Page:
God is mercifully compassionate.

The father in the story here is God Himself. The younger brother is a broken human. The older brother is also a broken human but with a different problem. The younger one was presumptuous, rude, and determined to spend resources that weren’t directly his on himself. He didn’t think of tomorrow, he only loved what he could experience right now and when he ran out of friends and resources he was a mess. And at rock bottom, what he believed to be true; about whose fault this all was and what his father was like, brought him to an answer. Hat in hand, humble, truthful, broken, not expecting special treatment, he cast himself down at his father’s feet.

But here’s the surprise. The father didn’t just take him in as a servant. Or tell him to get lost. Or tell him that we had your funeral and you are now dead to us. Or tell him that his sinful ways just didn’t matter. (Hey, we all sow our wild oats).

No, despite all, he looks at him and restores him to family status. And throws a party for him. He left for the party life which destroyed him. The father gave him a redeemed family party. After his humble repentance the younger brother was restored because God is mercifully compassionate.

The older brother is a surprise. He’s broken alright, but he’s broken in a way that won’t let him be like the father. He can’t be a part of any celebration that involves “that son of yours.” I never had a party. And I’m so much better than him. And then he accuses the father. Angry. Bound. Unrepentant. He couldn’t handle the revealed nature of God and follow.

Here’s another place where Jesus also reveals what God is like:

Matthew 9.35-38
35 Then Jesus went about all the cities and villages, teaching in their synagogues, preaching the gospel of the kingdom, and healing every sickness and every disease among the people. 36 But when He saw the multitudes, He was moved with compassion for them, because they were weary and scattered, like sheep having no shepherd. 37 Then He said to His disciples, “The harvest truly is plentiful, but the laborers are few. 38 Therefore pray the Lord of the harvest to send out laborers into His harvest.”

God looked on the mess of humanity. It’s a mess of their own making. Tired. Scattered, as in distant from others, independent, hurt, sick. Sheep that have no shepherd will bite, they will compete against the weaker ones, overgraze any pasture they remain in, be subject to predators and won’t be anywhere near healthy. We are not like God. We compare ourselves, conclude that we’re better than the average sheep, certainly not like that one, blame someone for the situation and move on. Mostly by ourselves.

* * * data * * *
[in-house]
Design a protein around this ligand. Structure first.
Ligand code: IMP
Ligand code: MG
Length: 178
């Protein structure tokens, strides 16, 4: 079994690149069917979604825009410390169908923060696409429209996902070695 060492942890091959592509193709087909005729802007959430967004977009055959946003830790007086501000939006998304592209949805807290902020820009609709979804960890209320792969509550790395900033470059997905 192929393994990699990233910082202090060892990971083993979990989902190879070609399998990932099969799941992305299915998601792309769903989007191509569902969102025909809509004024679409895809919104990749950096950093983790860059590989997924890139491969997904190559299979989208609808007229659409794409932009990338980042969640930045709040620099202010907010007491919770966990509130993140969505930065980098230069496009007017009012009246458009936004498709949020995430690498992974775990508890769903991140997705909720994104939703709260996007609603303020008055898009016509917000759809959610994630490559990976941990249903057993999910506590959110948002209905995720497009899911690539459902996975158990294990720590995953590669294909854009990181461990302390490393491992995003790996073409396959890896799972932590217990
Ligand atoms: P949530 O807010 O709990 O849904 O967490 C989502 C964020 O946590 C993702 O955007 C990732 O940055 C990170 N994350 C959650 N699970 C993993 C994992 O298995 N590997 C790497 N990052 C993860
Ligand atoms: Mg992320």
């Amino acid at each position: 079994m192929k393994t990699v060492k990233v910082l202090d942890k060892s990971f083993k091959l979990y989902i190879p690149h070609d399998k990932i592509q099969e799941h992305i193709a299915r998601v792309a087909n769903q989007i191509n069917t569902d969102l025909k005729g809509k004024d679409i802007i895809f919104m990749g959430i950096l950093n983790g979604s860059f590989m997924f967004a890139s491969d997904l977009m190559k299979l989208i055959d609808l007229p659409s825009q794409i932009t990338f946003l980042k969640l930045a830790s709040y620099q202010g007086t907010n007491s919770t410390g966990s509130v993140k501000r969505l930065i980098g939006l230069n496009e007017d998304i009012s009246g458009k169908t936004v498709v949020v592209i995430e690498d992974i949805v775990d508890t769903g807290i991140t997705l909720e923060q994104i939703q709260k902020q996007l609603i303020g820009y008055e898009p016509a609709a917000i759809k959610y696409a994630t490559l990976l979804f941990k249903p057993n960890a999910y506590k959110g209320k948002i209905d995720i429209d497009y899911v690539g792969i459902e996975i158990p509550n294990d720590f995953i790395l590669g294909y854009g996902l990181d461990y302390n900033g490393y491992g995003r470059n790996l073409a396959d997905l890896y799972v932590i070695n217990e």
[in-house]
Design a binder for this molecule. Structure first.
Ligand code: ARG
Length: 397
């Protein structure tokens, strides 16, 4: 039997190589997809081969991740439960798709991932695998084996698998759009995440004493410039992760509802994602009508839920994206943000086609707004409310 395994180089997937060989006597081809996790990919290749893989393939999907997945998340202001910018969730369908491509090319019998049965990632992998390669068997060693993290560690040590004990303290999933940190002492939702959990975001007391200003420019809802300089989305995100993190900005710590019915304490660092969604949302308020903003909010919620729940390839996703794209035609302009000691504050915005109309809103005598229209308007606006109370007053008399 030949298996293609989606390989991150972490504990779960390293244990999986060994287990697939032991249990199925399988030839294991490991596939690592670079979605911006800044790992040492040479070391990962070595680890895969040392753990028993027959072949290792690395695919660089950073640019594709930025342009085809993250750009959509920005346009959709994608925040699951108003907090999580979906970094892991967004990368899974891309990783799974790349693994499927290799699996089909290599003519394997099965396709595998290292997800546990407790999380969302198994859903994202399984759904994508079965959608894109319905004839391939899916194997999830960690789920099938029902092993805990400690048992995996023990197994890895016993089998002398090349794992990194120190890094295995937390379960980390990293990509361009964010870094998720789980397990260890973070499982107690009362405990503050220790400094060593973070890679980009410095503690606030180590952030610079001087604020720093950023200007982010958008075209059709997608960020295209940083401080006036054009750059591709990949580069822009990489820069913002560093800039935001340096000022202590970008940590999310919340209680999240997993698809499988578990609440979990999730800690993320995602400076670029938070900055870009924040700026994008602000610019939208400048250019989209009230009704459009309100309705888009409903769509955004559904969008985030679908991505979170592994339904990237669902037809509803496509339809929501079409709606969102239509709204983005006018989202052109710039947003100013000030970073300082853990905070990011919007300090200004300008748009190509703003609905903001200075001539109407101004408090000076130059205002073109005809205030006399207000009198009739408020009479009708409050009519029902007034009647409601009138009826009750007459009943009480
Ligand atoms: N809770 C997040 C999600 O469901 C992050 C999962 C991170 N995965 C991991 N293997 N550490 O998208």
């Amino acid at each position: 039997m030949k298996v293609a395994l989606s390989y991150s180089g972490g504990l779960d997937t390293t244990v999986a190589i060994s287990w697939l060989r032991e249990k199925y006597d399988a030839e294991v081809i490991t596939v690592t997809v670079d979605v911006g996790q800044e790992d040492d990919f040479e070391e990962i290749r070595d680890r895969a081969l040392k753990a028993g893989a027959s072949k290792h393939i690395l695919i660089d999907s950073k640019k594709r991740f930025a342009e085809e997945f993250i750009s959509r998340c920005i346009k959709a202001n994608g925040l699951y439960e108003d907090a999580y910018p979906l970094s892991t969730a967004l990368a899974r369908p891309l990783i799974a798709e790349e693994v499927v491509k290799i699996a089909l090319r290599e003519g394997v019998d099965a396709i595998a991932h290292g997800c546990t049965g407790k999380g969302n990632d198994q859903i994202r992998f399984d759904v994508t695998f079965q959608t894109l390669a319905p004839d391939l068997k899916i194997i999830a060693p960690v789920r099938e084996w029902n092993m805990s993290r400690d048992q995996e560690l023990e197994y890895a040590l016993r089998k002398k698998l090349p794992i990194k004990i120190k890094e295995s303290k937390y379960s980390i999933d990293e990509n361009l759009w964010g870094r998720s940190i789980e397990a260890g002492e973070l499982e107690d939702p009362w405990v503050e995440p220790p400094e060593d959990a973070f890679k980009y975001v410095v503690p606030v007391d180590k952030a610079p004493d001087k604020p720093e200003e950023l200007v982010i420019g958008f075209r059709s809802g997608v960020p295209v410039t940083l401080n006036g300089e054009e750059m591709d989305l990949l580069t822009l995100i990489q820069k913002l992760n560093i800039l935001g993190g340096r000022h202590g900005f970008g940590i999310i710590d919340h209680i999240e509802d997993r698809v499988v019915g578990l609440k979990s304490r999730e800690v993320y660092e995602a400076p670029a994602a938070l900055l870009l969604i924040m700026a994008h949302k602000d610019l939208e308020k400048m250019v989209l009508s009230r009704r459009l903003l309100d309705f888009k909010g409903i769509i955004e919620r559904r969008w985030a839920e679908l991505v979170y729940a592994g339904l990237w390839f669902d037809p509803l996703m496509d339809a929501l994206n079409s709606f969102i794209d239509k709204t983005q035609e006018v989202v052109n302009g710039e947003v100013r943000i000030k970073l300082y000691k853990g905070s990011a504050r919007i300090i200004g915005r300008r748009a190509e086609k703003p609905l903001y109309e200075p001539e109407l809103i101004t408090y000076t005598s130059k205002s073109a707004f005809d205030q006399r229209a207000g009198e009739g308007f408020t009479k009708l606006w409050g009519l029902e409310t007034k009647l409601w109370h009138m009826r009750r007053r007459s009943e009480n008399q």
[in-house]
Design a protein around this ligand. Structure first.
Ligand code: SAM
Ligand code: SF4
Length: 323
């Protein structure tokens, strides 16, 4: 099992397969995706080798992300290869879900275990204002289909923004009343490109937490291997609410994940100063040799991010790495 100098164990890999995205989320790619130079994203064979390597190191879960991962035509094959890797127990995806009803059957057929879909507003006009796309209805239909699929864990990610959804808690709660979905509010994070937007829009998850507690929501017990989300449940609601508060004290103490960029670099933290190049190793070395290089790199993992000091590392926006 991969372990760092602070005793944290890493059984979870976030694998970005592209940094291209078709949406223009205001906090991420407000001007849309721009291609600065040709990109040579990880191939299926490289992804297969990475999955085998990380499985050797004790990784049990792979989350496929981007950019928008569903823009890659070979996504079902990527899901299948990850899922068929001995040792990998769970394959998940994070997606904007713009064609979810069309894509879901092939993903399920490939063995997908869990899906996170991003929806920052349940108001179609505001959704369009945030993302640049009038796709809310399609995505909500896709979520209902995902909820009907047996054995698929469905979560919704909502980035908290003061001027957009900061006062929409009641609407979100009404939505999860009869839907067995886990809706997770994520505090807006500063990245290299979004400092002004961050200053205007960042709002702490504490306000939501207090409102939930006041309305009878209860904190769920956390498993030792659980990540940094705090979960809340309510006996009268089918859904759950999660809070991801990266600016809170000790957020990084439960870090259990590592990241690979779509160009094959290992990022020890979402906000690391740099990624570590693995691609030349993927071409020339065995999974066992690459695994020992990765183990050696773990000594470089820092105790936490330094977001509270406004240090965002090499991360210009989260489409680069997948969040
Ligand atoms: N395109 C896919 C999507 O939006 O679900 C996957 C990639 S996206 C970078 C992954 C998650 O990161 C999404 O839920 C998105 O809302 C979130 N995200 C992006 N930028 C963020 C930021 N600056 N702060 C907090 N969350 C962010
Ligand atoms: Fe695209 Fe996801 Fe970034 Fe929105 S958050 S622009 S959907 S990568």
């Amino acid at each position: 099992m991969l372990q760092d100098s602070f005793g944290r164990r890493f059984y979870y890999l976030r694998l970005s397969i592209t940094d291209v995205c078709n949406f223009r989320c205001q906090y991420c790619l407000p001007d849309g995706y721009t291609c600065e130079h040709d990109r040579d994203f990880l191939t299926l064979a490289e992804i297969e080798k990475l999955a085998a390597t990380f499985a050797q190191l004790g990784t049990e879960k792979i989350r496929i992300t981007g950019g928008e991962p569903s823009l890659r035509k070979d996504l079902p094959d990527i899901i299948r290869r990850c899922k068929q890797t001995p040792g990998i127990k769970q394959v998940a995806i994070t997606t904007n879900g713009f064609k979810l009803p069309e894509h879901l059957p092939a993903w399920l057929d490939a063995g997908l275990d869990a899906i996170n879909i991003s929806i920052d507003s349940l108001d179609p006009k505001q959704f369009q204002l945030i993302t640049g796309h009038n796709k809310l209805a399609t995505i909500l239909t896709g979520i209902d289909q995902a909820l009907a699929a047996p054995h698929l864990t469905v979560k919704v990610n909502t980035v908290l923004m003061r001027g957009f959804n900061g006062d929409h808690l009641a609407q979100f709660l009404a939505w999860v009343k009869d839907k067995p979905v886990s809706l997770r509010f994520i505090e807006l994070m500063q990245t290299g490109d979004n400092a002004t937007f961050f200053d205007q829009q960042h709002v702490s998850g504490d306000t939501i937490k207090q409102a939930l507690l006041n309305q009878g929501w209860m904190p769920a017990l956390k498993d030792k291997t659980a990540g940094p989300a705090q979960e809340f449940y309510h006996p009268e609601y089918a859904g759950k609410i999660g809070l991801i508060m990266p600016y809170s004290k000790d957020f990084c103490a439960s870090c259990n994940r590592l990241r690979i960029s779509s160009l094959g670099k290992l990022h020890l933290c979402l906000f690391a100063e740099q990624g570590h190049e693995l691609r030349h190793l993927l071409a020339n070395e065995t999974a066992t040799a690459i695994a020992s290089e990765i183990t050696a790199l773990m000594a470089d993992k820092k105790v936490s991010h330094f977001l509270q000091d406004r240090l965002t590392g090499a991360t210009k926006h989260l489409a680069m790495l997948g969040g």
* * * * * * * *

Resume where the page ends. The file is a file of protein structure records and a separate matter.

God looks at the details and has compassion. In both the previous story and now in this scene, God looks and has compassion. There’s a Greek word behind that, too hard for me to pronounce correctly. But here’s the thing. It’s not an adjective, describing feelings. It’s not a noun, giving you the state of mind or status. It’s a verb. An action word.

God is mercifully compassionate. Yes, He is good, better than we think, as we learned last week. Mercifully compassionate.

So what do we need to do? We need to open our eyes. We need to take a full inventory of our brokenness. In brutal honesty and with hat in hand, we need to humble ourselves and go to God. We need to believe that God is mercifully compassionate and that by the sacrifice He made, that He will forgive us and restore us. We need to make sure that everyone around us knows what the Lord is like. And not separate ourselves from, or look down our noses, acting the older brother. Or the superior sheep.
We need to become mercifully compassionate in a world that is increasingly broken.

Does God excuse sin? No. Sin is still sin/brokenness and He defines it, not us. It kills us and condemns us. But He remains mercifully compassionate. He sends laborers to us. And He sends us as laborers. Because He is mercifully compassionate and compassion is a verb.

Will we open our eyes and do something to bring the broken to God? That is the question. Because that is what God is like.